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CARICOM Moots Bilateral Trade Deal With The USA

by Mike Godfrey,, Washington

11 July 2006

A CARICOM summit meeting held last week in St Kitts and Nevis discussed abandonment of the Free Trade Area of the Americas (FTAA) in favour of a regional bilateral free trade agreement with the USA.

The meeting also saw six OECS member states sign up to the CARICOM Single Market - Antigua and Barbuda, Dominica, Grenada, St Kitts and Nevis, Saint Lucia and St Vincent and the Grenadines.

Director General of CARIOM's Regional Negotiating Machinery, Ambassador Richard Bernal, said after the meeting that the FTAA was unlikely to come into effect before 2010, and that it would be possible to gain similar benefits from bilateral agreements with the North American states.

Ambassador Bernal said that the formation of closer ties with Venezuela (which was strongly represented at the meeting) should not impede trade agreements with the US.

The proposal to pursue a bilateral deal with the US and Canada was made formally by a ministerial sub-committee chaired by Jamaican Prime Minister Portia Simpson-Miller.

Recent months have seen a number of South American states, influenced by the outright opposition of Venezuela, begin to waver over the proposed FTAA. Venezuelan leader Hugo Chavez arrived at the 34-nation Americas summit in Argentina last November promising to 'bury' the idea of a Free Trade Area of the Americas (FTAA), although 29 of the nations present wanted to set a date for renewed FTAA negotiations in 2006.

Many of these nations, however, see progress on the FTAA as dependent on a successful outcome to the WTO's Doha Round - something which seems far from certain at this point.

"Anything we do now, before the WTO meeting, could confuse the facts and we'd be creating an impediment to the WTO," said Brazilian President Luiz Inacio Lula da Silva.

Last June, President George W. Bush said Washington would continue to push for the FTAA, saying that free trade would strengthen democracy in the Americas, and that a pan-American trade pact would unite the region in prosperity and reduce the risk of "false ideologies".

The effort to unite the economies of the Americas into a single free trade area began at the Summit of the Americas, which was held in December 1994 in Miami. The Heads of State and Government of the 34 democracies in the region agreed to construct a Free Trade Area in which barriers to trade and investment will be progressively eliminated.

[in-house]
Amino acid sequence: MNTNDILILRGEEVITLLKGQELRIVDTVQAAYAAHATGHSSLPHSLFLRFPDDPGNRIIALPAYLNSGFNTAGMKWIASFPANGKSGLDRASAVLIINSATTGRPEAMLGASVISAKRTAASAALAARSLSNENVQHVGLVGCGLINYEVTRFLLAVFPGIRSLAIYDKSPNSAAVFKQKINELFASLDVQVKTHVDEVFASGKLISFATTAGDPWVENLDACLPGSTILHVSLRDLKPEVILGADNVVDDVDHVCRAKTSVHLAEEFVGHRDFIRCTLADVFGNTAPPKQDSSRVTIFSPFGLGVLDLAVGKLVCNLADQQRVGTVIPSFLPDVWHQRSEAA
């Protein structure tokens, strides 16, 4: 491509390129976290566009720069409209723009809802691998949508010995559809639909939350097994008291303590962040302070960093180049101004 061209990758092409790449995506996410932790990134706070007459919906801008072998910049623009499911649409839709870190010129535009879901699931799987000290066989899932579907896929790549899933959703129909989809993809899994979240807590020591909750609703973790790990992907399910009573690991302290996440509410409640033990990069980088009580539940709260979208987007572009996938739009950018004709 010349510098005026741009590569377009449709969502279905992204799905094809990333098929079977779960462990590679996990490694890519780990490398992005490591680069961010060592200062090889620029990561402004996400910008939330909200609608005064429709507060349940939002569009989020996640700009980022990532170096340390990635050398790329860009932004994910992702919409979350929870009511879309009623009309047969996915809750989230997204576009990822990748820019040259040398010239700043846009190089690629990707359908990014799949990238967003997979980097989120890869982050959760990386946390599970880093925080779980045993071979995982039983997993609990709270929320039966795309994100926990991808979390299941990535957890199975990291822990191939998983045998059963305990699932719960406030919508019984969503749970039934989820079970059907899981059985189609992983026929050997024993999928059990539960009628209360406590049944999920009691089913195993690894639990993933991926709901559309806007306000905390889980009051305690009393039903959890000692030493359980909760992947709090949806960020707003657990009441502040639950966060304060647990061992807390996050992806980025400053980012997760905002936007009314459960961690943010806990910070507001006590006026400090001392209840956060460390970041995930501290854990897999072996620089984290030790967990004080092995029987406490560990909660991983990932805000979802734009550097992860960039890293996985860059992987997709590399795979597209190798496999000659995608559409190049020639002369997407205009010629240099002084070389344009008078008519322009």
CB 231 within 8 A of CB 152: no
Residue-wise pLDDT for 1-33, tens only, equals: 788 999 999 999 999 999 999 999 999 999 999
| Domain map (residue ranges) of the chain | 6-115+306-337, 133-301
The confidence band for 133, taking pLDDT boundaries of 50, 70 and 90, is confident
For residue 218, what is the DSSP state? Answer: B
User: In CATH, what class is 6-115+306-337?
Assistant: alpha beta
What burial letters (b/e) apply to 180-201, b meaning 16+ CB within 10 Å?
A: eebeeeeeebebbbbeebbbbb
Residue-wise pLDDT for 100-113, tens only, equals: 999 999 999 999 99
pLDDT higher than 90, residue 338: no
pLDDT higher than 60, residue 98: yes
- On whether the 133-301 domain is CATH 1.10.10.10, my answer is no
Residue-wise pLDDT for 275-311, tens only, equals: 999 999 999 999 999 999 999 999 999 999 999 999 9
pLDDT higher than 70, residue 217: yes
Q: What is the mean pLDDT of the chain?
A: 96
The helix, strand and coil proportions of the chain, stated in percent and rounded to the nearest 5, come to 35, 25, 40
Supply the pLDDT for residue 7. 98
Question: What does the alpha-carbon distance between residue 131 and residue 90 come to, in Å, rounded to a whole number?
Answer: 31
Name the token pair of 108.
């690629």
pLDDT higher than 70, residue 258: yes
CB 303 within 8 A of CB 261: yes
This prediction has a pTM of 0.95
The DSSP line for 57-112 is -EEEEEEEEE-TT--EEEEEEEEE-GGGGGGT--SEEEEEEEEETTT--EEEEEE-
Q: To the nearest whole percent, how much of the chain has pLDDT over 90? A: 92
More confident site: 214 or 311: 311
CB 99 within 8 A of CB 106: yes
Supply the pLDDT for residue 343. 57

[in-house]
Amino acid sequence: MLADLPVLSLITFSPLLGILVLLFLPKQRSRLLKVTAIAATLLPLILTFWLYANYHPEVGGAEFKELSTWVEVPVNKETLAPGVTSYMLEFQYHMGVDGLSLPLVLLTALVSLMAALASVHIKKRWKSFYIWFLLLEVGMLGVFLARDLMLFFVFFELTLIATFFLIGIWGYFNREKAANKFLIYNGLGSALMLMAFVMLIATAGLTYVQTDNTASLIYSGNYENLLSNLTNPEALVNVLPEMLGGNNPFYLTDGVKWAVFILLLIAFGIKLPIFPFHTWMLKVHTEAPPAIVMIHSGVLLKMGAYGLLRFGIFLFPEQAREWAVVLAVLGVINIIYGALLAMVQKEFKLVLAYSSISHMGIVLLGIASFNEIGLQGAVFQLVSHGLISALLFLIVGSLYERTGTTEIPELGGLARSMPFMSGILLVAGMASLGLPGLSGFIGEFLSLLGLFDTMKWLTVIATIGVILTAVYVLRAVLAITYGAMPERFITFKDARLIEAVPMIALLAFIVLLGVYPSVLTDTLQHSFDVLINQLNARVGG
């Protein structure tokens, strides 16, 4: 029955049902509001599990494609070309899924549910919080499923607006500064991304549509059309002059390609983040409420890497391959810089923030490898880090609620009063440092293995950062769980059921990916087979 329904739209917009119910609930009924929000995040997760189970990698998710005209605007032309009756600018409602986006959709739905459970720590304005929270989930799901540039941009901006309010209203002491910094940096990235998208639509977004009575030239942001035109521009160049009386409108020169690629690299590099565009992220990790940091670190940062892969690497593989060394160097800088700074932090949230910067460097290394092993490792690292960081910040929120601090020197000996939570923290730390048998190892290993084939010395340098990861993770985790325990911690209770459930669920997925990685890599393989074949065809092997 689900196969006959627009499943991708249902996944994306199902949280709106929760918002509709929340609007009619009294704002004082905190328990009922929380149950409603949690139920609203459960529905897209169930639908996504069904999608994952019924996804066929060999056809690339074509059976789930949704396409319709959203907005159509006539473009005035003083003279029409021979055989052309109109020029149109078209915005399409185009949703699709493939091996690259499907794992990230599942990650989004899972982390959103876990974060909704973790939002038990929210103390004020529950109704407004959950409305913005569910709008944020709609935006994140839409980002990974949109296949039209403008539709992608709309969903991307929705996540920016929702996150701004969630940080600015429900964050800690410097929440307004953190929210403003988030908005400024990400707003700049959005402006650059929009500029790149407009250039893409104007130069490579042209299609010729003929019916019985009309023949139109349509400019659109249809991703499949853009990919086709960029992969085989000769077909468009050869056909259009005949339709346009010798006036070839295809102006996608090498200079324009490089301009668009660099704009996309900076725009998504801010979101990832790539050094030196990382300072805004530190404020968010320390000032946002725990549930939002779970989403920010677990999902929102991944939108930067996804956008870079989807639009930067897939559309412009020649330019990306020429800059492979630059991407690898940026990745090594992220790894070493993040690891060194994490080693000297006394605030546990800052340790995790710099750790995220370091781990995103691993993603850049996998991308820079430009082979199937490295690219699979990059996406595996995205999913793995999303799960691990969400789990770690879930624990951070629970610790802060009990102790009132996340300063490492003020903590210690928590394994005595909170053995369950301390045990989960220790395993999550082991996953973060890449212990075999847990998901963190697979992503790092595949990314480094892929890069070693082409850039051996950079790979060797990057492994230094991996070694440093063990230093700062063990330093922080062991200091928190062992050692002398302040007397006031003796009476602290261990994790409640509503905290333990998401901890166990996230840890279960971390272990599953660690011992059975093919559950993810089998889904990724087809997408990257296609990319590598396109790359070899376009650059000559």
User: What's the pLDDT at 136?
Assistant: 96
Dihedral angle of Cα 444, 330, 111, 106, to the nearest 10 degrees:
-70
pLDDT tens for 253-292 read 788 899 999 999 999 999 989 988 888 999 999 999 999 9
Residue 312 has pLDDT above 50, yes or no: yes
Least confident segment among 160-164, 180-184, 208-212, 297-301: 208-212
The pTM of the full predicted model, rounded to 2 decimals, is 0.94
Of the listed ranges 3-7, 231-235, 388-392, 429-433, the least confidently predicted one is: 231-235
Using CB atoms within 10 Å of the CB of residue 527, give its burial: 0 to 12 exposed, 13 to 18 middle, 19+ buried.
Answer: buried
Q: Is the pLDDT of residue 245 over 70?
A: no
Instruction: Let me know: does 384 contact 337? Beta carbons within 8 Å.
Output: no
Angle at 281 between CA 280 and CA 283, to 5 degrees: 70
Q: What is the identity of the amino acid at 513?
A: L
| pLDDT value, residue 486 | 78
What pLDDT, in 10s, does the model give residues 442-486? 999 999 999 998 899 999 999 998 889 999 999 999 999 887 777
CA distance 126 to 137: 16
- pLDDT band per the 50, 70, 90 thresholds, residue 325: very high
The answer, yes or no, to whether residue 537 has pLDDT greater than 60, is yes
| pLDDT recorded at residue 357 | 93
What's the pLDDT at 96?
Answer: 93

Last year, Ambassador Bernal declared that the region is "actively positioning itself to re-shape the 'vision' of the FTAA, in accordance with Regional development goals and priorities."

At the time, a CARICOM statement explained: "The FTAA is an integral part of the strategic trade options being explored by the Region, in order to create sustained economic development in highly open economies. As such, CARICOM Countries continue to attach importance to the FTAA process and its objectives, despite the eighteen month hiatus and mounting expressions of doubt over the successful conclusion of negotiations.

"While the Miami Ministerial Declaration altered the original 'vision' of the FTAA, the objectives and philosophy which underpinned the vision of the thirty-four Heads of Government during the first Summit of the Americas in 1994 remain unchanged, and relevant to CARICOM Countries and their hemispheric partners.

"The establishment of a single economic space through the implementation of the CARICOM Single Market and Economy (CSME) remains an essential part of the Region's preparatory process for the FTAA. CARICOM Countries view the FTAA as forming the broad platform for their trade integration in the Hemisphere, and therefore are keen on the expeditious resumption of formal negotiations."

Now, says Dr Bernal, the United States has shifted its attention to the Doha Round, and some putative members of the FTAA have entered CAFTA, which reduces their interest in the FTAA.

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